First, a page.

Make Sure Your Cabin Air Filter is Doing Its Job
The air along busy roads and highways contains high levels of soot, smog, dust, and pollen. These harmful pollutants can easily enter your vehicle and aggravate your lungs. Children with “young lungs” are even more sensitive to the effects of air pollution than adults, so it’s important to protect drivers and passengers from breathing dirty air inside the car.
Modern vehicles utilize a cabin air filter to do the job. Cabin air filters trap dust, dirt, and grime from the road and pump clean air into the passenger compartment. Over time, however, your car’s cabin air filter can become clogged and actually multiply the dangers associated with these pollutants. That’s because dirty air comes into your vehicle through the heating, ventilation, and air conditioning system but has no way to escape once it invades your vehicle.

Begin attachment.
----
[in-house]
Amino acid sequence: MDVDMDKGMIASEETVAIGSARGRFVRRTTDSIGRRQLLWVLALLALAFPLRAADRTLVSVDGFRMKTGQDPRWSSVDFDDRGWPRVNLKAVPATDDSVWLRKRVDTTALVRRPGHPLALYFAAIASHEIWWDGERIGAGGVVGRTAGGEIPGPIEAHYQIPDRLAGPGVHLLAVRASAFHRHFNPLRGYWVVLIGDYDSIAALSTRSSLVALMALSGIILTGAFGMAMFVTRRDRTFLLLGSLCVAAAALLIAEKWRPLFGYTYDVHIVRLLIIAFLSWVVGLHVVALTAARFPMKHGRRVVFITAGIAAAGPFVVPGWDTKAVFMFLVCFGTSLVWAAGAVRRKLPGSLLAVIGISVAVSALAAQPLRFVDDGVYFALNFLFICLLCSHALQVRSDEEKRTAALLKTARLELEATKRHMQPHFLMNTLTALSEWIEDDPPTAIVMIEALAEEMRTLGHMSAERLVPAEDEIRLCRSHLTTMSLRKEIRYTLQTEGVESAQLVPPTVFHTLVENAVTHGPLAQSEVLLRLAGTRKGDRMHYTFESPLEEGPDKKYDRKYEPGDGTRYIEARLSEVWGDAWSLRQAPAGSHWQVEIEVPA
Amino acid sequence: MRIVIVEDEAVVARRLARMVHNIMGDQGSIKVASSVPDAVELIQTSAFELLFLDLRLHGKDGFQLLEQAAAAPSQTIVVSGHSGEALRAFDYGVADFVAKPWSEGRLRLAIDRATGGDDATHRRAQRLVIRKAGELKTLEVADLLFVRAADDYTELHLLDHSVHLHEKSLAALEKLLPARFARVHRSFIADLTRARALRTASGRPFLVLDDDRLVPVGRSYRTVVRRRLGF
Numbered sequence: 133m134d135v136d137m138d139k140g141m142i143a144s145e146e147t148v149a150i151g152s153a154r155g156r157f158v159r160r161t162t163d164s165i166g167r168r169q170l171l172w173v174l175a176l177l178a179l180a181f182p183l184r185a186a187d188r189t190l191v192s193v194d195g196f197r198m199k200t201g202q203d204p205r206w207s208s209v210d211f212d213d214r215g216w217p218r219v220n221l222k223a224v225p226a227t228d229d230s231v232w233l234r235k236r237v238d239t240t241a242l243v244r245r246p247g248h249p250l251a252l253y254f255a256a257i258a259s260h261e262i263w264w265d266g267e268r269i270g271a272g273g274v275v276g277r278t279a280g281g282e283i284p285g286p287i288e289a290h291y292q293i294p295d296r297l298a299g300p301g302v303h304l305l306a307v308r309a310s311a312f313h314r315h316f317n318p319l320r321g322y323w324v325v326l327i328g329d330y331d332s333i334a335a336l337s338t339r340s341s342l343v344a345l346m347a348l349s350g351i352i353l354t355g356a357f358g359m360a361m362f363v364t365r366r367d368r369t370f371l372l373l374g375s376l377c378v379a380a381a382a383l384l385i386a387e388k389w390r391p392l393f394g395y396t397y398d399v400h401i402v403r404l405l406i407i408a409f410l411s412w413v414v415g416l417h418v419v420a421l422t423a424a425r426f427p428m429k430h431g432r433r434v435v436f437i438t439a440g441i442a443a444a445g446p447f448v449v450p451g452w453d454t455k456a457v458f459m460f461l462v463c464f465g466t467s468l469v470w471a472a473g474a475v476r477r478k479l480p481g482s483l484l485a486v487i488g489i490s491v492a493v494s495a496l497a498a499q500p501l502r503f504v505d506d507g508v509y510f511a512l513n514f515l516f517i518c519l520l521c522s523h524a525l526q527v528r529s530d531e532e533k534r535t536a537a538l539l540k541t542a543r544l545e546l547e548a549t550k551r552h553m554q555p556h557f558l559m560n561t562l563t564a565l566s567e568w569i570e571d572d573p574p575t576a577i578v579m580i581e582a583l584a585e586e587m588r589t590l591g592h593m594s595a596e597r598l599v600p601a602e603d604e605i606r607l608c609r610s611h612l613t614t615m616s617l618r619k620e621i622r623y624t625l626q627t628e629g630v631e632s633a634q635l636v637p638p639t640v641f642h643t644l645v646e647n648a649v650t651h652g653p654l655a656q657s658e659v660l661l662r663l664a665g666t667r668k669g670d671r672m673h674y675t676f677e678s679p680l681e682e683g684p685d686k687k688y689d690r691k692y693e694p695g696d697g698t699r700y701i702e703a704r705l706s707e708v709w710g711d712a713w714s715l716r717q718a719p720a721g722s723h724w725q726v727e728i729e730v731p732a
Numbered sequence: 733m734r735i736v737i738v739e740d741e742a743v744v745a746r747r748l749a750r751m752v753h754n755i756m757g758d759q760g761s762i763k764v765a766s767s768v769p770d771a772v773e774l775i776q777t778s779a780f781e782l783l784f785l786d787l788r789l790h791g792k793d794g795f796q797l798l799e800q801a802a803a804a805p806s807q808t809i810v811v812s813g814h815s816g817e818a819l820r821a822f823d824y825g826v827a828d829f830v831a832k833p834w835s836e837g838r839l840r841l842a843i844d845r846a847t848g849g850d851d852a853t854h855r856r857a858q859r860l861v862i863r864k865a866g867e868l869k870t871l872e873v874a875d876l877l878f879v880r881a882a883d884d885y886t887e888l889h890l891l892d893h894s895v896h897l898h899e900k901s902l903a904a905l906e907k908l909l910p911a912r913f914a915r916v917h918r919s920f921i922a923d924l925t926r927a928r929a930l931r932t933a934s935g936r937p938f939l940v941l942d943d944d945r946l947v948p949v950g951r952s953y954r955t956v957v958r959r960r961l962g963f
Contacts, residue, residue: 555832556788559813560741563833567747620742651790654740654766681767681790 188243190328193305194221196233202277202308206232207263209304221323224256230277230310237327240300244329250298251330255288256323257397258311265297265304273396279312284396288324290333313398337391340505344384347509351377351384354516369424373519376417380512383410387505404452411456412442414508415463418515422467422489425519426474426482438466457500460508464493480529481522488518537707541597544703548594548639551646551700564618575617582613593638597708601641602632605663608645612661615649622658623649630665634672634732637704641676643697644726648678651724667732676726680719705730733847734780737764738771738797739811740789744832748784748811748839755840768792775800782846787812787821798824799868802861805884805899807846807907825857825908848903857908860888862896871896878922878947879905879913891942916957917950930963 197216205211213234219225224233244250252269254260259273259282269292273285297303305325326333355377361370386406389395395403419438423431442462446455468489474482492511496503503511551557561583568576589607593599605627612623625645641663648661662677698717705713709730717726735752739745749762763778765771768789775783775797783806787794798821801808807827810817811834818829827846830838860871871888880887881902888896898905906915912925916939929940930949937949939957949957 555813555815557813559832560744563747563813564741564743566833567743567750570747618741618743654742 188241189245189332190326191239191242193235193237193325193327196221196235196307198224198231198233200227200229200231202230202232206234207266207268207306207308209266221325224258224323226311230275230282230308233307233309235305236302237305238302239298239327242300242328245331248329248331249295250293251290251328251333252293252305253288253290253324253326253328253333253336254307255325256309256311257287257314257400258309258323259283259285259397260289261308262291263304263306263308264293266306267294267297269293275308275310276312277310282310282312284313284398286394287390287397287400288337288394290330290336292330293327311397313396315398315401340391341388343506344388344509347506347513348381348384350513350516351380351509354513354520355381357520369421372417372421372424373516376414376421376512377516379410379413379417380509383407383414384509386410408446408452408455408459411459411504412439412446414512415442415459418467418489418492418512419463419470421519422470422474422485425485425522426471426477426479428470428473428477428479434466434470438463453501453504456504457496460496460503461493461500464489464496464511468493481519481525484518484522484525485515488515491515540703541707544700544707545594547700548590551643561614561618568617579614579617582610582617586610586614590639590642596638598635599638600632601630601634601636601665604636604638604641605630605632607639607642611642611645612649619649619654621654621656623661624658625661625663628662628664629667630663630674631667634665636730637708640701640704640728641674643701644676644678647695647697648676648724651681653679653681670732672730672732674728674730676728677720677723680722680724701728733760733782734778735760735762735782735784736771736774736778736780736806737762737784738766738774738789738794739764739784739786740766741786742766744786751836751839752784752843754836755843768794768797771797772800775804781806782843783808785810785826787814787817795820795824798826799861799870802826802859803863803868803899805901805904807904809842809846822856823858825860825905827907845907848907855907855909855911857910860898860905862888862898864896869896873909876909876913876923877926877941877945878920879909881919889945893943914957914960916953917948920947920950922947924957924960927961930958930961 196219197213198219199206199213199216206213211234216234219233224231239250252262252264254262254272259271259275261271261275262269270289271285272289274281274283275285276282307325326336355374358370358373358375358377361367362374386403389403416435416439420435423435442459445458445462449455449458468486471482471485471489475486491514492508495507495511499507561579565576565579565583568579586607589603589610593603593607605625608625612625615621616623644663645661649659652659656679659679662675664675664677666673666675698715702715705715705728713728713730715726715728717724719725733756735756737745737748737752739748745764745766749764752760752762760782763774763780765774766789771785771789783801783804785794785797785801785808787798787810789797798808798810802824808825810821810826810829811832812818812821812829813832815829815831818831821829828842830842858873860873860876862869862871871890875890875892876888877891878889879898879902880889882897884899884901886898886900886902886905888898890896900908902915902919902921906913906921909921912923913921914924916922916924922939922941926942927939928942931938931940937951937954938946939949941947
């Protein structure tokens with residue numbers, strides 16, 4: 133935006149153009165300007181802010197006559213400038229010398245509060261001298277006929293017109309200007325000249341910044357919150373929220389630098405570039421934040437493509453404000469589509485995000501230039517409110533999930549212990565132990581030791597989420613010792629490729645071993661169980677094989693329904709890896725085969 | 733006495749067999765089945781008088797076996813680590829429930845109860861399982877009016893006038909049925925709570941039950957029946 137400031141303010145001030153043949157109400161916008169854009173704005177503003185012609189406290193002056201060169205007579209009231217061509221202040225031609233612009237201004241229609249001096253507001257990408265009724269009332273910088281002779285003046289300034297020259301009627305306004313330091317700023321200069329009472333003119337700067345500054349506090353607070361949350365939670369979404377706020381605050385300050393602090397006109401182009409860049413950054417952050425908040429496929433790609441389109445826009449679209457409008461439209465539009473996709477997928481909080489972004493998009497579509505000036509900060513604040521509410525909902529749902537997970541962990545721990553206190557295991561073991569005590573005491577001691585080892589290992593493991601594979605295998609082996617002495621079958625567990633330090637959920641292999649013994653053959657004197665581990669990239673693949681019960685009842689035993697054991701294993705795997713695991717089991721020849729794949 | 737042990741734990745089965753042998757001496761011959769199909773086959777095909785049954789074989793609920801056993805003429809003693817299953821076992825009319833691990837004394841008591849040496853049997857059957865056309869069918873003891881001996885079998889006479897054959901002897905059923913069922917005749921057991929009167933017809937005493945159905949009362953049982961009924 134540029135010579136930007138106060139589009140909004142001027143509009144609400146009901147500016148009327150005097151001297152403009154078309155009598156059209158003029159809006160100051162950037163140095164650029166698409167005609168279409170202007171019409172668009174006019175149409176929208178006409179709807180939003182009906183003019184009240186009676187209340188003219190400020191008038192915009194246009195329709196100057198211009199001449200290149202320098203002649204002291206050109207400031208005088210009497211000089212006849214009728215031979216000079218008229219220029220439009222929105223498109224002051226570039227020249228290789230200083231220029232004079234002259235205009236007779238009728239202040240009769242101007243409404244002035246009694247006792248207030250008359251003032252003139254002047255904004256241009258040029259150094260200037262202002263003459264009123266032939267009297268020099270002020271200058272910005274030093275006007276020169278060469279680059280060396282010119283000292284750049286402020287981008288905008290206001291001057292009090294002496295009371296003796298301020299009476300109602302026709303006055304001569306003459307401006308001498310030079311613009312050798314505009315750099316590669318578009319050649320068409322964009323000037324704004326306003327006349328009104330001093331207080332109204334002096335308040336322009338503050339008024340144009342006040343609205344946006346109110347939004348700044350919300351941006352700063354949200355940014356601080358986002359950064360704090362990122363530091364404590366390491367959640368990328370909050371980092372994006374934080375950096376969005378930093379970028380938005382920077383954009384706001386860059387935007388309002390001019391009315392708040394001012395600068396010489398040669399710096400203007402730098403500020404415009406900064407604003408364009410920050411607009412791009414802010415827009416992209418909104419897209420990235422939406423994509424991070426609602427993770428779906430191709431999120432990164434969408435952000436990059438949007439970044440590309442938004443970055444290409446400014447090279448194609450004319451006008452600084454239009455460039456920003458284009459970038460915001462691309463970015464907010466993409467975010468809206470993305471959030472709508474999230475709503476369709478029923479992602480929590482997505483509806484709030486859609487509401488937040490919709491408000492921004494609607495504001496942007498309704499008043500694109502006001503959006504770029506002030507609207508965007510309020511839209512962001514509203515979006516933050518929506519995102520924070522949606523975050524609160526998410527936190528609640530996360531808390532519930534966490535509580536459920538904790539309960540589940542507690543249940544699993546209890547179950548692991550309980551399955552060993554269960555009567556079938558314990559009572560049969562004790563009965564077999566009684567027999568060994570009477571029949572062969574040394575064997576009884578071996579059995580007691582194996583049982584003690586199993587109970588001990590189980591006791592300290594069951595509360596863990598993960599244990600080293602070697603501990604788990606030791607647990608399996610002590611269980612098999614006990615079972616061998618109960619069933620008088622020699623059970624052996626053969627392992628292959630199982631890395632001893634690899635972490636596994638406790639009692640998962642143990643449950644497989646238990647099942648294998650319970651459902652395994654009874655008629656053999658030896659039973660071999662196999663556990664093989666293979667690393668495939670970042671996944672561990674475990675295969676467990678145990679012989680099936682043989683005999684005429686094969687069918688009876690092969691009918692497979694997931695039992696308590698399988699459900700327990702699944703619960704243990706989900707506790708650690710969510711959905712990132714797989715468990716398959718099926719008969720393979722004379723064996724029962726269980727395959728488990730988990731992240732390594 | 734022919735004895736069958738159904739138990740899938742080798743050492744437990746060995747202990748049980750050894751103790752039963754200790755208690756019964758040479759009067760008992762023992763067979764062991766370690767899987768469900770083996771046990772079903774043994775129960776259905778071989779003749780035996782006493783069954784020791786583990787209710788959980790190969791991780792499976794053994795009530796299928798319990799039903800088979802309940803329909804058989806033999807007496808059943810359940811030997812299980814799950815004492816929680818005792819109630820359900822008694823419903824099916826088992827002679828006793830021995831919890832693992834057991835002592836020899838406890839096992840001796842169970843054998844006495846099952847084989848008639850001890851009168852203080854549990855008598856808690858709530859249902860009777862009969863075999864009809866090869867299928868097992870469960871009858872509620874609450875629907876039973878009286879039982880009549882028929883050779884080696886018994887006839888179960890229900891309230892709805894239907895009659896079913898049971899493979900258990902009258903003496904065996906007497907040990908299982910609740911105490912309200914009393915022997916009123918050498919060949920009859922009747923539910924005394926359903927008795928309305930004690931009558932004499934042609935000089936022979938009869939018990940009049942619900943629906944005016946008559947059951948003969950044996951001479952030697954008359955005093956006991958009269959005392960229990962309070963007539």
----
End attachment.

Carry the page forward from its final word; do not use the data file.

Types of Cabin Air Filters
While more than 40 million vehicles on the road are equipped with cabin air filtration systems, many drivers have no idea that their vehicle has one, or what purpose it serves. Sometimes, the cabin air filter is referred to by various other names, such as pollen filter, air conditioning filter, interior ventilation filter, and dust filter, which can confuse car owners. If you’re not sure if your vehicle has a cabin air filter, a repair shop technician at Aardvark Automotive can check for you.
When to Change Your Cabin Air Filter
Recommendations on when you should replace your cabin air filter vary by manufacturer. Some say every 12,000 or 15,000 miles, and others say longer. Another factor is how often you drive and where. If you frequently drive in heavy traffic, you could need to replace your filter annually or even more often.
You can also look for signs that you need a new cabin air filter. For example, you may notice reduced air flow from your vents when you turn on the heater or AC, or you may smell a bad odor.
Many people are surprised to see how dirty their cabin air filters are when we remove them from a vehicle. Often, we find leaves, twigs, and insects in addition to dirt and grime.
For more information about cabin air filters, see this article from carcare.org.